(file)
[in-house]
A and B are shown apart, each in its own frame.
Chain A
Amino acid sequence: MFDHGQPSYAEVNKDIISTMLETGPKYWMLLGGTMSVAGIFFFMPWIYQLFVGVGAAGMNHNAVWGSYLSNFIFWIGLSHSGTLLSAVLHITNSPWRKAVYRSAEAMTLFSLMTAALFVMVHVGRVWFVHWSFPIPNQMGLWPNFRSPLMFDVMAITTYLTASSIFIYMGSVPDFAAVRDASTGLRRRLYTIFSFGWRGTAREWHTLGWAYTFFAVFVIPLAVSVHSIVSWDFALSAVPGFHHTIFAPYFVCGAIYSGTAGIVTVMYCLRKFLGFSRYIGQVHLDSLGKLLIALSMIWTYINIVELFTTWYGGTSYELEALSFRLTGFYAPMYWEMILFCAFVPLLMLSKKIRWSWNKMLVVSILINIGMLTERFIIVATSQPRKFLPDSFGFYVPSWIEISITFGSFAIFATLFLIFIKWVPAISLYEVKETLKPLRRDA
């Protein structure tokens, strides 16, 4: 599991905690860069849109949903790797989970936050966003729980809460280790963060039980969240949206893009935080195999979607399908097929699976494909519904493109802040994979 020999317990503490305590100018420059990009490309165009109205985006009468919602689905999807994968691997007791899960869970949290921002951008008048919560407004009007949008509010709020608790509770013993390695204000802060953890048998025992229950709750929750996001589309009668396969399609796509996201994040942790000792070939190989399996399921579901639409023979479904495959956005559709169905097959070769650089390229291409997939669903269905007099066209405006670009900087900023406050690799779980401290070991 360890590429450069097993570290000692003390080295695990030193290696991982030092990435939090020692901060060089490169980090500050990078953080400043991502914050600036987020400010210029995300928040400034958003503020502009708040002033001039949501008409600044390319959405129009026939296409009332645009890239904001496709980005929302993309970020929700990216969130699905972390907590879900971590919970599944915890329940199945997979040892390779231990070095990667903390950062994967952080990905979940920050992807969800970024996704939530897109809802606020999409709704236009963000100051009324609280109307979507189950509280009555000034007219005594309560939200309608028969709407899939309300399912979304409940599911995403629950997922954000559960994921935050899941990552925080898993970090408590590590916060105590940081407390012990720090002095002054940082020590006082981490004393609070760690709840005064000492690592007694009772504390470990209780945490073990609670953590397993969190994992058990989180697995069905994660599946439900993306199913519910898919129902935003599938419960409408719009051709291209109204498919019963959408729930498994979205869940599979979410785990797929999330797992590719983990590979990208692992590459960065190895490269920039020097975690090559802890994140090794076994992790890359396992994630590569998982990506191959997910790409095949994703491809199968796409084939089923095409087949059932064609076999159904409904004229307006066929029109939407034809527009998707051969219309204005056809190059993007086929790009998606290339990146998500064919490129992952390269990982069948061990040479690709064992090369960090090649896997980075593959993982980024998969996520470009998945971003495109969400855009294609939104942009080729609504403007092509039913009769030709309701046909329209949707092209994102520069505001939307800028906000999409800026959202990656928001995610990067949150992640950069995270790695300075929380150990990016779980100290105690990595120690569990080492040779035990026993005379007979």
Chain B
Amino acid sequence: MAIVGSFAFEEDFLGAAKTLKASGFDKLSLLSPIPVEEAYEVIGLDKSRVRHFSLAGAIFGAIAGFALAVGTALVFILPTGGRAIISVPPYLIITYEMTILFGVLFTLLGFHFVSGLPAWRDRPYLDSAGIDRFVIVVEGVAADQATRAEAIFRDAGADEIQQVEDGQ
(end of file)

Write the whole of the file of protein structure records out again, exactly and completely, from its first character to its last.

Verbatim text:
[in-house]
A and B are shown apart, each in its own frame.
Chain A
Amino acid sequence: MFDHGQPSYAEVNKDIISTMLETGPKYWMLLGGTMSVAGIFFFMPWIYQLFVGVGAAGMNHNAVWGSYLSNFIFWIGLSHSGTLLSAVLHITNSPWRKAVYRSAEAMTLFSLMTAALFVMVHVGRVWFVHWSFPIPNQMGLWPNFRSPLMFDVMAITTYLTASSIFIYMGSVPDFAAVRDASTGLRRRLYTIFSFGWRGTAREWHTLGWAYTFFAVFVIPLAVSVHSIVSWDFALSAVPGFHHTIFAPYFVCGAIYSGTAGIVTVMYCLRKFLGFSRYIGQVHLDSLGKLLIALSMIWTYINIVELFTTWYGGTSYELEALSFRLTGFYAPMYWEMILFCAFVPLLMLSKKIRWSWNKMLVVSILINIGMLTERFIIVATSQPRKFLPDSFGFYVPSWIEISITFGSFAIFATLFLIFIKWVPAISLYEVKETLKPLRRDA
């Protein structure tokens, strides 16, 4: 599991905690860069849109949903790797989970936050966003729980809460280790963060039980969240949206893009935080195999979607399908097929699976494909519904493109802040994979 020999317990503490305590100018420059990009490309165009109205985006009468919602689905999807994968691997007791899960869970949290921002951008008048919560407004009007949008509010709020608790509770013993390695204000802060953890048998025992229950709750929750996001589309009668396969399609796509996201994040942790000792070939190989399996399921579901639409023979479904495959956005559709169905097959070769650089390229291409997939669903269905007099066209405006670009900087900023406050690799779980401290070991 360890590429450069097993570290000692003390080295695990030193290696991982030092990435939090020692901060060089490169980090500050990078953080400043991502914050600036987020400010210029995300928040400034958003503020502009708040002033001039949501008409600044390319959405129009026939296409009332645009890239904001496709980005929302993309970020929700990216969130699905972390907590879900971590919970599944915890329940199945997979040892390779231990070095990667903390950062994967952080990905979940920050992807969800970024996704939530897109809802606020999409709704236009963000100051009324609280109307979507189950509280009555000034007219005594309560939200309608028969709407899939309300399912979304409940599911995403629950997922954000559960994921935050899941990552925080898993970090408590590590916060105590940081407390012990720090002095002054940082020590006082981490004393609070760690709840005064000492690592007694009772504390470990209780945490073990609670953590397993969190994992058990989180697995069905994660599946439900993306199913519910898919129902935003599938419960409408719009051709291209109204498919019963959408729930498994979205869940599979979410785990797929999330797992590719983990590979990208692992590459960065190895490269920039020097975690090559802890994140090794076994992790890359396992994630590569998982990506191959997910790409095949994703491809199968796409084939089923095409087949059932064609076999159904409904004229307006066929029109939407034809527009998707051969219309204005056809190059993007086929790009998606290339990146998500064919490129992952390269990982069948061990040479690709064992090369960090090649896997980075593959993982980024998969996520470009998945971003495109969400855009294609939104942009080729609504403007092509039913009769030709309701046909329209949707092209994102520069505001939307800028906000999409800026959202990656928001995610990067949150992640950069995270790695300075929380150990990016779980100290105690990595120690569990080492040779035990026993005379007979």
Chain B
Amino acid sequence: MAIVGSFAFEEDFLGAAKTLKASGFDKLSLLSPIPVEEAYEVIGLDKSRVRHFSLAGAIFGAIAGFALAVGTALVFILPTGGRAIISVPPYLIITYEMTILFGVLFTLLGFHFVSGLPAWRDRPYLDSAGIDRFVIVVEGVAADQATRAEAIFRDAGADEIQQVEDGQ